Dismiss Notice
Join Physics Forums Today!
The friendliest, high quality science and math community on the planet! Everyone who loves science is here!

Can all energy be seen?

  1. Sep 5, 2013 #1
    Particles emit and absorb light of certain quanta and various factors can then red or blue shift this energy. Does this mean light sometimes gets shifted into a frequency which is unable to be absorbed by any particle and therefore can longer be 'seen'? (At least until it is shifted further...)
  2. jcsd
  3. Sep 5, 2013 #2


    Staff: Mentor

    It certainly is possible to red or blue shift light out of the visible spectrum.
  4. Sep 6, 2013 #3
    Of course. Although I am thinking about all em waves...
  5. Sep 6, 2013 #4


    User Avatar
    Science Advisor
    Homework Helper

    So you really want to know if there are EM waves that can't be blocked?
  6. Sep 6, 2013 #5


    Staff: Mentor

    Well if you are not specifically interested in the visible portion of the spectrum then a red shifted EM wave is still an EM wave. You cannot red or blue shift so much that it ceases to be an EM wave of some wavelength.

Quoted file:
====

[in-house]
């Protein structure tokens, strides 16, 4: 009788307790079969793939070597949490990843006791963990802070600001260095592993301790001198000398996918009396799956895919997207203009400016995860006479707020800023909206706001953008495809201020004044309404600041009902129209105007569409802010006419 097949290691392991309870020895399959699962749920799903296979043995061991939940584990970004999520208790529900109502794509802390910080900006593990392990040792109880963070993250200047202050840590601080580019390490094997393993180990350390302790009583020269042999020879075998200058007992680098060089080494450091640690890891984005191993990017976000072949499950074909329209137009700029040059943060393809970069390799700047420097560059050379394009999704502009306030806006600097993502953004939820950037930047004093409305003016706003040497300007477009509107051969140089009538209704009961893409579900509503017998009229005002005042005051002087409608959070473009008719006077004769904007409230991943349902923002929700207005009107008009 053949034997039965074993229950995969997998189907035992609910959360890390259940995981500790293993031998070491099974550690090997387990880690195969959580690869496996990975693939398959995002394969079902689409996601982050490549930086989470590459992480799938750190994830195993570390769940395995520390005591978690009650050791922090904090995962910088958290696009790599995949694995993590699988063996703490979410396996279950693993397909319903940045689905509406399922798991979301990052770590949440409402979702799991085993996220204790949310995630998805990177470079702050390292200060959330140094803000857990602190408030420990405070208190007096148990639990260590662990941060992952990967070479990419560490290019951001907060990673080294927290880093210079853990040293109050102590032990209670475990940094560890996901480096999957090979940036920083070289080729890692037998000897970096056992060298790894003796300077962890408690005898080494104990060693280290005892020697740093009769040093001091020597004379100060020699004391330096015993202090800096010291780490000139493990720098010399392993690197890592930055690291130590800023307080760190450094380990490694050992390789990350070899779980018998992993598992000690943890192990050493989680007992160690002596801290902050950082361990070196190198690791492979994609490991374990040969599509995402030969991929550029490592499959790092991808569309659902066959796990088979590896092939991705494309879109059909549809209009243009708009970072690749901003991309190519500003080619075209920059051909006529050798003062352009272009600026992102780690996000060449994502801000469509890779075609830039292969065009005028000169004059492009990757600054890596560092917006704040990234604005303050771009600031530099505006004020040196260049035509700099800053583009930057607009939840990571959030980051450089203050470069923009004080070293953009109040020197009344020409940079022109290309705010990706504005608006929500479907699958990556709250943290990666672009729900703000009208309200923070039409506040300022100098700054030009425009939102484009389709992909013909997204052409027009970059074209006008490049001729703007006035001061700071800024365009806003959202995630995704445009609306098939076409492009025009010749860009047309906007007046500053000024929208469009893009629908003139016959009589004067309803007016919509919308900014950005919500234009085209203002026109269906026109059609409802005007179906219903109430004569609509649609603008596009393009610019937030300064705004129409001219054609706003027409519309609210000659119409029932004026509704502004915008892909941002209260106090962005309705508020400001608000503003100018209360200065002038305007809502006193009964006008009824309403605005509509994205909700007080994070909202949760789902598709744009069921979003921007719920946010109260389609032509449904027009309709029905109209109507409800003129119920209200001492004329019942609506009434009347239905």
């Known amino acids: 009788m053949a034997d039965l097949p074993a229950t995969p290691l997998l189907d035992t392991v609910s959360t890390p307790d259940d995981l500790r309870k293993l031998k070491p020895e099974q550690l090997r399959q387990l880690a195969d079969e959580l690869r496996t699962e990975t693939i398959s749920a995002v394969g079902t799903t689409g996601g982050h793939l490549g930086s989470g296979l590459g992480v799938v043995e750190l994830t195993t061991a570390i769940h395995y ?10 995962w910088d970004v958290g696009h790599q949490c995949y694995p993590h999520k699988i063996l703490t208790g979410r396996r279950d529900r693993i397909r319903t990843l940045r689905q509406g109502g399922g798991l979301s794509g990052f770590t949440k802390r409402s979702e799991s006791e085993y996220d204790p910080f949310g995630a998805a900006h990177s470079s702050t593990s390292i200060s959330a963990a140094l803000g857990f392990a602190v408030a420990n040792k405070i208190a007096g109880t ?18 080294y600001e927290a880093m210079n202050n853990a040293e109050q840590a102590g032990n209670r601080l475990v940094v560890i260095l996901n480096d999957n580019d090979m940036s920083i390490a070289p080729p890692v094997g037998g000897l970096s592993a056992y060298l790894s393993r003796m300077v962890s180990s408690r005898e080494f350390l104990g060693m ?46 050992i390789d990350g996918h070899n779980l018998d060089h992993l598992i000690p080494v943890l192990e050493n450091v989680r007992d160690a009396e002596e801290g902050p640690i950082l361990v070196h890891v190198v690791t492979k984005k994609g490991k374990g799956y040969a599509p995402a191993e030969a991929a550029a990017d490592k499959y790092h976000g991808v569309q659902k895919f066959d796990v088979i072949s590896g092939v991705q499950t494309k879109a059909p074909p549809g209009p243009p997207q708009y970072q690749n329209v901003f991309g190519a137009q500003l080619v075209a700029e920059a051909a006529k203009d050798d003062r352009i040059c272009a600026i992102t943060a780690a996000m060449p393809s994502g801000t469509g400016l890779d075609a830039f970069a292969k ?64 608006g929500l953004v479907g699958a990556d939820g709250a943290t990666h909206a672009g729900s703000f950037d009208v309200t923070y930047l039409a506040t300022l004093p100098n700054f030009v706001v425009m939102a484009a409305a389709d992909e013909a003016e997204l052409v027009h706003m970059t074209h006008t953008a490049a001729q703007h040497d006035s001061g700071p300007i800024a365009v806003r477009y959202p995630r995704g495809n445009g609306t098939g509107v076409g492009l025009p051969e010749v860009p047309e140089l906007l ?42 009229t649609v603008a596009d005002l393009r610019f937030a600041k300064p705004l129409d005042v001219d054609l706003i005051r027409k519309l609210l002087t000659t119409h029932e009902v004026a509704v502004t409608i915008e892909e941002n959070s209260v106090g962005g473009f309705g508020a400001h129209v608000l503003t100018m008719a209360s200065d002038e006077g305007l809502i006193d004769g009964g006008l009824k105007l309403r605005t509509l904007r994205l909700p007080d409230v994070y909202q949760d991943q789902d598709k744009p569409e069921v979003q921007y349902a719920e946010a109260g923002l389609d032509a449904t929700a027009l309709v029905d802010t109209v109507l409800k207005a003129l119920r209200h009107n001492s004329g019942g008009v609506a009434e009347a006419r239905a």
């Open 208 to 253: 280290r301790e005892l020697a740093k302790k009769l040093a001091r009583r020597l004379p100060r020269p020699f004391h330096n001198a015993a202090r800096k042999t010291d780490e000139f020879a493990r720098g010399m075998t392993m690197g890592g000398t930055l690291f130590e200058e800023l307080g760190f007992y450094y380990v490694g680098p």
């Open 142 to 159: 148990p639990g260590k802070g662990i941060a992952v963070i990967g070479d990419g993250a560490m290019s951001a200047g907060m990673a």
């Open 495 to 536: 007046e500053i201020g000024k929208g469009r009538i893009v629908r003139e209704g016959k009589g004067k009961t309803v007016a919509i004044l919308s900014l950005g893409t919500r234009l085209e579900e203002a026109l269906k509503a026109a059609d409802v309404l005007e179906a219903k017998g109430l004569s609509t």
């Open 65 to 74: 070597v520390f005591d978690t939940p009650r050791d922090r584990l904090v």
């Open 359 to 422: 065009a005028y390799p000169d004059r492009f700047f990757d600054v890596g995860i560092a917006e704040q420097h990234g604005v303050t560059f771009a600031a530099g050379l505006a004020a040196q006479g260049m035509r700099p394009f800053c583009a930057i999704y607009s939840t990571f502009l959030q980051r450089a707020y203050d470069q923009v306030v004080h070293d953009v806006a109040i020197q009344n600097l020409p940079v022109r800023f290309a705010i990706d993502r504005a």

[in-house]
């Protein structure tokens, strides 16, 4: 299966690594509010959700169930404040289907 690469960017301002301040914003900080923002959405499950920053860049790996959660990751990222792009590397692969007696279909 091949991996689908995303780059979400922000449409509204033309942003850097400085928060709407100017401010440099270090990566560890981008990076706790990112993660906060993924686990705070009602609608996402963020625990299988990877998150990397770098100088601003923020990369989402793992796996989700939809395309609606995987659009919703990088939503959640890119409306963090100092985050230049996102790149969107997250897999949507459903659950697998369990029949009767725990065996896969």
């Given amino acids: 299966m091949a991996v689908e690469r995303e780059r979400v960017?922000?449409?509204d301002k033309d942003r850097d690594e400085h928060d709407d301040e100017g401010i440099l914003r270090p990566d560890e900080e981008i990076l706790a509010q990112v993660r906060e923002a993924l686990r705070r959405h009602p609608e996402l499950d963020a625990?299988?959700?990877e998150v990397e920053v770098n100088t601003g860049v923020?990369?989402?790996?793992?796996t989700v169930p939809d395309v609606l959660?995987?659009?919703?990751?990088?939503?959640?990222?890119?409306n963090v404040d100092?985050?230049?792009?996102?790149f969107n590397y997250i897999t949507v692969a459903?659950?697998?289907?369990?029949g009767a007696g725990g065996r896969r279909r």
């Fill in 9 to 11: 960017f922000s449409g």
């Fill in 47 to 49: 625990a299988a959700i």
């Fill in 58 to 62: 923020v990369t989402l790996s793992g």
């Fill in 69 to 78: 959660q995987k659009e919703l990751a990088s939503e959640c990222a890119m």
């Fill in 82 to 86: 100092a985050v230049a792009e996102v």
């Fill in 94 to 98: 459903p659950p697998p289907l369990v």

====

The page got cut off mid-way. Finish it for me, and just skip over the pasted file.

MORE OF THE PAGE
7. Sep 6, 2013 #6


    User Avatar

    Staff: Mentor

    To my knowledge, no matter how long the wavelength there is still a small chance for an object to absorb a small part of its energy.
  8. Sep 7, 2013 #7


    User Avatar
    Science Advisor
    Gold Member

    There is no frequency of EM that is undetectable. However, the power loss on long paths (for red shift to be relevant) will mean that detection gets increasingly difficult because the signal to noise ratio gets progressively worse.
    Different techniques are necessary / available for different frequencies and this may be relevant to detectability.
Know someone interested in this topic? Share this thread via Reddit, Google+, Twitter, or Facebook

Similar Discussions: Can all energy be seen?
  1. Energy is all ? (Replies: 3)

  2. All about energy! (Replies: 13)